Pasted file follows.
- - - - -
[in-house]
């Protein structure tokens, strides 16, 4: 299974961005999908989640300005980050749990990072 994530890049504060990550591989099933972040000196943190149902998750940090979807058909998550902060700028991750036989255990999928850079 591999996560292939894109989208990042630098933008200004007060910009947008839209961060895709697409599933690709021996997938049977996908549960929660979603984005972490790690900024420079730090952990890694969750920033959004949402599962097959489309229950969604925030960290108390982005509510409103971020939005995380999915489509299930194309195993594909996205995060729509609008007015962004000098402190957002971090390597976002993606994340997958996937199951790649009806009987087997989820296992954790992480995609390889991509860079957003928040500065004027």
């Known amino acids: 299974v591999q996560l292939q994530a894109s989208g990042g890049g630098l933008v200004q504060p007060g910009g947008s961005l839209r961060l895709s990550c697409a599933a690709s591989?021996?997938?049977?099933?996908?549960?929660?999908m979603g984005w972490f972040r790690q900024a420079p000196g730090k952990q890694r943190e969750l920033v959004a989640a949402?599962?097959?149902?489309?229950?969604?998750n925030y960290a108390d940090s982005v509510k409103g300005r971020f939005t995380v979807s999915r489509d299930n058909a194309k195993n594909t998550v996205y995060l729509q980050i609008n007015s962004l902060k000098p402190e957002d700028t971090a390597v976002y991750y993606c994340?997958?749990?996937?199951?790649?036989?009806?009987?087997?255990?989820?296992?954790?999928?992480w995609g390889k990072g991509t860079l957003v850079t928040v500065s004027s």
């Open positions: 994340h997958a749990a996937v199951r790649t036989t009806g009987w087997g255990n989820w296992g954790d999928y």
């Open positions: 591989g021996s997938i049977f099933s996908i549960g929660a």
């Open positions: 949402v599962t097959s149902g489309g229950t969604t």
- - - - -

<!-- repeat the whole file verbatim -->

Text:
[in-house]
């Protein structure tokens, strides 16, 4: 299974961005999908989640300005980050749990990072 994530890049504060990550591989099933972040000196943190149902998750940090979807058909998550902060700028991750036989255990999928850079 591999996560292939894109989208990042630098933008200004007060910009947008839209961060895709697409599933690709021996997938049977996908549960929660979603984005972490790690900024420079730090952990890694969750920033959004949402599962097959489309229950969604925030960290108390982005509510409103971020939005995380999915489509299930194309195993594909996205995060729509609008007015962004000098402190957002971090390597976002993606994340997958996937199951790649009806009987087997989820296992954790992480995609390889991509860079957003928040500065004027």
């Known amino acids: 299974v591999q996560l292939q994530a894109s989208g990042g890049g630098l933008v200004q504060p007060g910009g947008s961005l839209r961060l895709s990550c697409a599933a690709s591989?021996?997938?049977?099933?996908?549960?929660?999908m979603g984005w972490f972040r790690q900024a420079p000196g730090k952990q890694r943190e969750l920033v959004a989640a949402?599962?097959?149902?489309?229950?969604?998750n925030y960290a108390d940090s982005v509510k409103g300005r971020f939005t995380v979807s999915r489509d299930n058909a194309k195993n594909t998550v996205y995060l729509q980050i609008n007015s962004l902060k000098p402190e957002d700028t971090a390597v976002y991750y993606c994340?997958?749990?996937?199951?790649?036989?009806?009987?087997?255990?989820?296992?954790?999928?992480w995609g390889k990072g991509t860079l957003v850079t928040v500065s004027s």
């Open positions: 994340h997958a749990a996937v199951r790649t036989t009806g009987w087997g255990n989820w296992g954790d999928y």
């Open positions: 591989g021996s997938i049977f099933s996908i549960g929660a």
């Open positions: 949402v599962t097959s149902g489309g229950t969604t």